Posts Tagged ‘baking’

Making Italian Bread

It’s been a while since I posted any cooking ventures, so I thought that I would share a recipe for homemade Italian bread.  Bread making is easy as long as you follow the directions.   In most of my bread-making, I use All-Purpose flour and/or wheat flour.  For this recipe, I use bread flour.  Bread flour has a higher protein content than other flours, which is useful in bread-making because it creates longer and strong chains of gluten.  High gluten content helps to make bread that is airy and light.  Bread flour is bad for baking because it can make baked goods that are chewy and dense.  

Italian Bread

1 cup of hot water (between 100-110 degrees)
1 tablespoon of yeast (or 1 package of yeast)
1 tbsp olive oil
1/2 tsp salt
2 tsp sugar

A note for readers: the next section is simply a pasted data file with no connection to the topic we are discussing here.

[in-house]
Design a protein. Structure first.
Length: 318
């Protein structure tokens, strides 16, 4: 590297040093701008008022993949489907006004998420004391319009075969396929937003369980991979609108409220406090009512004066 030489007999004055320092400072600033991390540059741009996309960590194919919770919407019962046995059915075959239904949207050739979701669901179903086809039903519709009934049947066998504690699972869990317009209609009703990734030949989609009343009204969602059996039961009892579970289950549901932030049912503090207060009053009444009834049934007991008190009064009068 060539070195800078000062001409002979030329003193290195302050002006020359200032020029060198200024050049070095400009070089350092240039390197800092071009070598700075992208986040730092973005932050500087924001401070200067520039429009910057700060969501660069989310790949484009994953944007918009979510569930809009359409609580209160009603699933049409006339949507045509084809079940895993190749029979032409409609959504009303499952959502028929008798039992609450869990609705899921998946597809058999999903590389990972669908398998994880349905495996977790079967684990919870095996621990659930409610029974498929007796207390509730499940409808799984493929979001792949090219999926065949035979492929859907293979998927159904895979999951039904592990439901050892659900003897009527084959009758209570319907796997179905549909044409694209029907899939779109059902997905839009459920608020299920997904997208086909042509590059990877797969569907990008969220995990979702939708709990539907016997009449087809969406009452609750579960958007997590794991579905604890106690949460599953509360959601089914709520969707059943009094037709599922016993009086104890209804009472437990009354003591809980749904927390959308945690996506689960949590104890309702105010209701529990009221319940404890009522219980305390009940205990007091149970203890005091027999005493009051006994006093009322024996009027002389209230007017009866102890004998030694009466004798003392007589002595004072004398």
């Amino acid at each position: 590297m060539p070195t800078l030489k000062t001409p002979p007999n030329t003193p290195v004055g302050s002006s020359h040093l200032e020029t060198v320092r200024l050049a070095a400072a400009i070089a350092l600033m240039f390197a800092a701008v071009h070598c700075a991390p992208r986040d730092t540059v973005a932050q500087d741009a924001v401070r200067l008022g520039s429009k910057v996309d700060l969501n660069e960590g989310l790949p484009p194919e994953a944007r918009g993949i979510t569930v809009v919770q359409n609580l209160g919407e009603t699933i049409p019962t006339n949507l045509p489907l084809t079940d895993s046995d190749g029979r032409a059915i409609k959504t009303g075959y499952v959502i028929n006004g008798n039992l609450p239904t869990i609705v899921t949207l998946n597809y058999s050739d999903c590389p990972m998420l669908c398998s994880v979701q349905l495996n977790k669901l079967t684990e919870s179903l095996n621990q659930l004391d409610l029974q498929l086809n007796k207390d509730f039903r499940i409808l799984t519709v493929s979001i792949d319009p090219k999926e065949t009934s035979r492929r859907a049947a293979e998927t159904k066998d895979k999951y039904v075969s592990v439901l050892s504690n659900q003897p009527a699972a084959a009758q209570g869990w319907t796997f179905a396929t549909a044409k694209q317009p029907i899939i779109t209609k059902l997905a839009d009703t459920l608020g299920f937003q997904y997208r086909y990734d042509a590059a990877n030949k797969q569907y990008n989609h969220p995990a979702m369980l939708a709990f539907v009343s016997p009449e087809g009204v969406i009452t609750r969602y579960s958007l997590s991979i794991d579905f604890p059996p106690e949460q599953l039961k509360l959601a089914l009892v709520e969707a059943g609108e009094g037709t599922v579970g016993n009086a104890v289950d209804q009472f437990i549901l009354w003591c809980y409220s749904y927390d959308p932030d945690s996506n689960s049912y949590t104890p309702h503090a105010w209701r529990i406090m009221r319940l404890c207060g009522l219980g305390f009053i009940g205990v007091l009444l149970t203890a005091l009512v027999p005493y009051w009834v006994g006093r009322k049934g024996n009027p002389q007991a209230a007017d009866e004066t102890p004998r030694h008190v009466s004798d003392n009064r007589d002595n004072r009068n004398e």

3 cups bread flour
1 tbsp butter, melted

Add the yeast to the hot water and let it sit for 5 minutes until foamy. Most hot water heaters are set to 120 degrees, so just letting your faucet heat up is sufficient for getting the correct temperature of water. Water that is too hot will kill the yeast. Too cool water will not trigger any yeast growth. Mix together remaining ingredients (except butter) and add yeast mixture when it is ready.

Once mixed turn on to a floured surface and begin kneading. Knead dough for about 10 minutes. The kneading process is what builds the gluten strands. If you cheat and knead for less time, your bread will be dense.

Once you’re finished kneading, you should have a ball of smooth dough. Put into an oiled bowl and cover with a damp cloth. Let the dough rise in a warm place for about 45 minutes or until doubled in size.